In the healthcare industry, the submission of patient care information via electronic data interchange (EDI) has increasingly become the standard mode of operation. Every day, more and more payers, such as Medicare and Blue Cross/Blue Shield, utilize healthcare EDIs (electronic data interchanges) to process their claims. This makes it practically a necessity for doctors to have access to a healthcare EDI to submit their claims.
By sending data directly from one computer to another, it not only reduces the amount of paper used, it diminishes the risk of lost and misfiled paper work. It also saves time and money, by reducing the costs associated with mailing paper claims and in hiring additional administrative support to track their status. And by limiting the number of data keystrokes, it essentially minimizes the possibility of perpetuating human error.
Standardizing Healthcare EDI Formats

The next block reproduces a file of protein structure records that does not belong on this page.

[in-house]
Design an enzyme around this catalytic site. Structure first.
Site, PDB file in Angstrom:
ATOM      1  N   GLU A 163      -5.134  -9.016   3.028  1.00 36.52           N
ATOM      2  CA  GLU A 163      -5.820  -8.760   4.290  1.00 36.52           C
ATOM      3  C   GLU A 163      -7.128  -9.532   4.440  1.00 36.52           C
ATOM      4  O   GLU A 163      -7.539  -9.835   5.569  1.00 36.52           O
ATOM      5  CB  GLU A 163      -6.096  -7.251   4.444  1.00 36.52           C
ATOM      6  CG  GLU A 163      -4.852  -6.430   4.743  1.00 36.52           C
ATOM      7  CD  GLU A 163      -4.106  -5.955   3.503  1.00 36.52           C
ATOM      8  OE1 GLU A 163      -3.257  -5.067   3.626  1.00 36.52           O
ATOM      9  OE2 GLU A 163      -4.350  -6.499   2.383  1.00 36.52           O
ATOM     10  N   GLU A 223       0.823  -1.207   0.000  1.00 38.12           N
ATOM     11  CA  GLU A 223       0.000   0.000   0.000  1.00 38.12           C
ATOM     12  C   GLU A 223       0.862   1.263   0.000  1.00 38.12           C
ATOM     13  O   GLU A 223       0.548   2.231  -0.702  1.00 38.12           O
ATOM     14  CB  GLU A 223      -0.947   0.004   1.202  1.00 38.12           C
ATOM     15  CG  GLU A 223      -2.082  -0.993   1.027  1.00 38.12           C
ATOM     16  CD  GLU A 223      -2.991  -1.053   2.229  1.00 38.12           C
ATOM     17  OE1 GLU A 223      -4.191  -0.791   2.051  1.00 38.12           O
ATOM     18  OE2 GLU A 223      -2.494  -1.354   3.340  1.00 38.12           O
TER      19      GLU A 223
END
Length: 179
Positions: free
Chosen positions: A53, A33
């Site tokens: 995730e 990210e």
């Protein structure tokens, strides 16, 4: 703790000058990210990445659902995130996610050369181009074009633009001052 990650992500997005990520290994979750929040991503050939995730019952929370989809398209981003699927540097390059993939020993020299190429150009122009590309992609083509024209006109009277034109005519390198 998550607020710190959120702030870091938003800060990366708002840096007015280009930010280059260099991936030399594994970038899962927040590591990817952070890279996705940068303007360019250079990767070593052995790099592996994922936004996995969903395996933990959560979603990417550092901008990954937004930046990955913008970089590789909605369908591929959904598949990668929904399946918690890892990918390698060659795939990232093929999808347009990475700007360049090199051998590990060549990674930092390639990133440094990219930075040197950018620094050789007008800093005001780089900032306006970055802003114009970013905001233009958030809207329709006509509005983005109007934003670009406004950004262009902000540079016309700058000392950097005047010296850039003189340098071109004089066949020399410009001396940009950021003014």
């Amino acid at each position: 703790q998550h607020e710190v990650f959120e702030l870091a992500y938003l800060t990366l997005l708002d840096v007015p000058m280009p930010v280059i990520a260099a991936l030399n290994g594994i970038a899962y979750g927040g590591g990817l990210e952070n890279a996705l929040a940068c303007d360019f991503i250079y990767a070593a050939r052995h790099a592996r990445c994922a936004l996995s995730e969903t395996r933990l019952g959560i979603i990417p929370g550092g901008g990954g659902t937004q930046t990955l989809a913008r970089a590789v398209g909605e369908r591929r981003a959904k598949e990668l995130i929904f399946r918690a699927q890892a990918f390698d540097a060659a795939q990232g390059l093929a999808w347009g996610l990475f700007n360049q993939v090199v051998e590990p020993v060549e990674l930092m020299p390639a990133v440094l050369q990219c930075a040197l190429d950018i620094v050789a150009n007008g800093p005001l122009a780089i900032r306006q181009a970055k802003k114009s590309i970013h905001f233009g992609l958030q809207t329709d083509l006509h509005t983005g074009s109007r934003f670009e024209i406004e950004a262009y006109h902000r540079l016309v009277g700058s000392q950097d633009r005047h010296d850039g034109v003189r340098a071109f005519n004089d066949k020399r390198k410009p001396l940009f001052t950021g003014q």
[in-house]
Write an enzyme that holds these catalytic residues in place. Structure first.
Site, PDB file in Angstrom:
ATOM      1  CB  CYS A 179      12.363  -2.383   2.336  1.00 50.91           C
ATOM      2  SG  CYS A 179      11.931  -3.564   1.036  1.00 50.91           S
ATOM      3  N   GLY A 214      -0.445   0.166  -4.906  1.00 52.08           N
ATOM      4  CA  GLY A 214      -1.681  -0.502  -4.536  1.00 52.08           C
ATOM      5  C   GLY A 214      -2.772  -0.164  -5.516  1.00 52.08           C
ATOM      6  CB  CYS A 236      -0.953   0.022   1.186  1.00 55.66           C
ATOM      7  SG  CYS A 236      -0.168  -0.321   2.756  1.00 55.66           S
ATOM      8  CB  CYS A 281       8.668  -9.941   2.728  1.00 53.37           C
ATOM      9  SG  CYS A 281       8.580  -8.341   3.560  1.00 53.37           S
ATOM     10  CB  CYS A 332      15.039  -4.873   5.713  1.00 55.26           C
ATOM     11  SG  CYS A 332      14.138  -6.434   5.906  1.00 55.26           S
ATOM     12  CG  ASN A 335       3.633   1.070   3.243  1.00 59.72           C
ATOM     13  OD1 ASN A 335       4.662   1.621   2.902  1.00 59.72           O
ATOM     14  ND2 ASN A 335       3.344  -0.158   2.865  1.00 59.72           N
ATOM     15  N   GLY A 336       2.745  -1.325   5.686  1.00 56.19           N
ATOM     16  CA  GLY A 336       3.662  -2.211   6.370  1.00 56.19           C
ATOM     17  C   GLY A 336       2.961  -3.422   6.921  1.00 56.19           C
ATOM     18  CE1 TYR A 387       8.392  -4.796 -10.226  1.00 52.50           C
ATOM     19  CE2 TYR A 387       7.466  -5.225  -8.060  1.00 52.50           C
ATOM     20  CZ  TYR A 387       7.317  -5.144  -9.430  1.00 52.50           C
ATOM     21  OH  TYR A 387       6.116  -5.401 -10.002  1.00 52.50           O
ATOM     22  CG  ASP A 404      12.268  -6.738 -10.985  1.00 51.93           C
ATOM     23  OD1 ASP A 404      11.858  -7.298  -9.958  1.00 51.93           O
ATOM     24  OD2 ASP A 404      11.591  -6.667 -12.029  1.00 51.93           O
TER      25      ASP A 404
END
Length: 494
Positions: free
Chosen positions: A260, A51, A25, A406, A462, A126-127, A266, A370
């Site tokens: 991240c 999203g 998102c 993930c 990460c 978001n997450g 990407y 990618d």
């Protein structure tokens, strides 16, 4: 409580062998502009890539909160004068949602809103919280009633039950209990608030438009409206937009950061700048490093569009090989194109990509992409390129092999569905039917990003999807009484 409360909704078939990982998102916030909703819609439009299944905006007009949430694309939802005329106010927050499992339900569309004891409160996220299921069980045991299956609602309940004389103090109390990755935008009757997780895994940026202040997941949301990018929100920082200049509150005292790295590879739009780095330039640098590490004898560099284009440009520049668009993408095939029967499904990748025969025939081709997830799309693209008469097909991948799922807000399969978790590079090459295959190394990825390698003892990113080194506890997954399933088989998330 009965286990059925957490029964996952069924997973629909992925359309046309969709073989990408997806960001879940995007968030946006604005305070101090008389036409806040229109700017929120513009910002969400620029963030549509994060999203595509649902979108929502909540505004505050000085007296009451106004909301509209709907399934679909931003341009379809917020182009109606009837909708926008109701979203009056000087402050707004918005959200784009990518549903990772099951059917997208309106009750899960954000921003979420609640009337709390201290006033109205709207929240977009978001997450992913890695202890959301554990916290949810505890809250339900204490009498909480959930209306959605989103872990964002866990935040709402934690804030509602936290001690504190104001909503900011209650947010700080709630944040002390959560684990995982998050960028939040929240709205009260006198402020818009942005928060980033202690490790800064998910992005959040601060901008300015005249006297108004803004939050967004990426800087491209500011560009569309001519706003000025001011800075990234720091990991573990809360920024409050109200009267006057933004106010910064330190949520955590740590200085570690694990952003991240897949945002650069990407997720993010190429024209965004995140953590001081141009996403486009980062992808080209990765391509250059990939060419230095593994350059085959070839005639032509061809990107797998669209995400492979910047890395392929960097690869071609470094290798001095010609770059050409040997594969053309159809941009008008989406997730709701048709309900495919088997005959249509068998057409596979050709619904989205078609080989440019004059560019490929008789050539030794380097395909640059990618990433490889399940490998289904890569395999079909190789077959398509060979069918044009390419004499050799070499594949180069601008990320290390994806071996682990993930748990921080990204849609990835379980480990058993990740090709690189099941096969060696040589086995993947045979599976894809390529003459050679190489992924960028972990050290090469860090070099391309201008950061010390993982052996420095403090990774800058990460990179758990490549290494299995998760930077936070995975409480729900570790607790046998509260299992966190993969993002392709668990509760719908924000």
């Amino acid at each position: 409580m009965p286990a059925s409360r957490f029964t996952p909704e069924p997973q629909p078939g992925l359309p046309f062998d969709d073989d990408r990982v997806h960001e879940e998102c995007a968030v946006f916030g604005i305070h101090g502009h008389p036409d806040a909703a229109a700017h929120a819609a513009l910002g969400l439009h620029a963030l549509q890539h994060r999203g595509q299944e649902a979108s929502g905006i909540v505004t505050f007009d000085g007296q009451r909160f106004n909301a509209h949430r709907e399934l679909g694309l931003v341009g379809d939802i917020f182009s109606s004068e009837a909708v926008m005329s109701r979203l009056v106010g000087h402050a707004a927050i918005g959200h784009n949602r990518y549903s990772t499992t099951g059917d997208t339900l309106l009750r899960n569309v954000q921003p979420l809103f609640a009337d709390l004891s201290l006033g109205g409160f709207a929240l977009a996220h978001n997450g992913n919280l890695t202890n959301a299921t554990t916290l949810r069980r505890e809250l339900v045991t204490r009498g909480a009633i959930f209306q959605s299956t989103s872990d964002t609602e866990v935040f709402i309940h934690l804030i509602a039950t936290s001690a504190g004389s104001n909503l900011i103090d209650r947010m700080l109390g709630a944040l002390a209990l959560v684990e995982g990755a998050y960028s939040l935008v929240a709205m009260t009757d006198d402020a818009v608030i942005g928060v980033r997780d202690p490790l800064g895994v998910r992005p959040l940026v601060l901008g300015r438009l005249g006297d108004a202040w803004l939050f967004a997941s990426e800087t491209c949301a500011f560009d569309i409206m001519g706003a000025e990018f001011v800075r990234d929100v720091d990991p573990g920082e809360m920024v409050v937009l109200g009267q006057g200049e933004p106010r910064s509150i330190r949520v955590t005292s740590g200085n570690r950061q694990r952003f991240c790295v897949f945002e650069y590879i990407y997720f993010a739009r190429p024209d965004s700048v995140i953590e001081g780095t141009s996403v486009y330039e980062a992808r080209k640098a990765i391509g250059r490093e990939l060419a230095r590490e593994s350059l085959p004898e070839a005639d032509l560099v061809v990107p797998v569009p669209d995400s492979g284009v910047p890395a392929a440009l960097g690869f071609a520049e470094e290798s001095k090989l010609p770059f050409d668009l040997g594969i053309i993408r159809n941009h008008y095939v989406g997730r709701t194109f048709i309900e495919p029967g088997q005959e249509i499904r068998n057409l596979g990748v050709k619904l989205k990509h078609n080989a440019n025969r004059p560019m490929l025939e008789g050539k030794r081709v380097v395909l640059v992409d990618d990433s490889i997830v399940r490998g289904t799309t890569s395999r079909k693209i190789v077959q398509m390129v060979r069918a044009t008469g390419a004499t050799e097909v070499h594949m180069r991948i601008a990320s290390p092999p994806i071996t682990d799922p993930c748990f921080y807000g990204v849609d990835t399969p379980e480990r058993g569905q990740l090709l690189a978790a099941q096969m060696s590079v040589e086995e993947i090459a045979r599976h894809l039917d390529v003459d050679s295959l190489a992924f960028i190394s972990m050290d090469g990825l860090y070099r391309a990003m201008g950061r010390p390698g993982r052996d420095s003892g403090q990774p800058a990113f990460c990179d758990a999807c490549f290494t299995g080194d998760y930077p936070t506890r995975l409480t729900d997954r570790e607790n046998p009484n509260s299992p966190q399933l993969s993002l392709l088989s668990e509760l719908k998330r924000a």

But as its popularity grows, so has the controversy surrounding standardizing the format in which data is actually transmitted. If the healthcare software system used by the insurance company, health maintenance organization or government agency is unable to interpret the data submitted by the software employed by the medical professional, then the fundamental purpose of the healthcare EDI is defeated. No specific standard for healthcare EDI had been previously set, but the recent requirement that healthcare software be HIPAA (Health Insurance Portability & Accountability Act of 1996) compliant significantly increases the possibility that data transactions will adhere to standard formats.
However as the HIPPA standards are regularly updated, only reliable commercial healthcare software companies are typically able to maintain their certification. Many smaller providers use claims clearinghouses to take their nonstandard data formats and translate them into standard formats. There are currently about 400 propriety EDI formats being used to exchange medical claims information in the United States.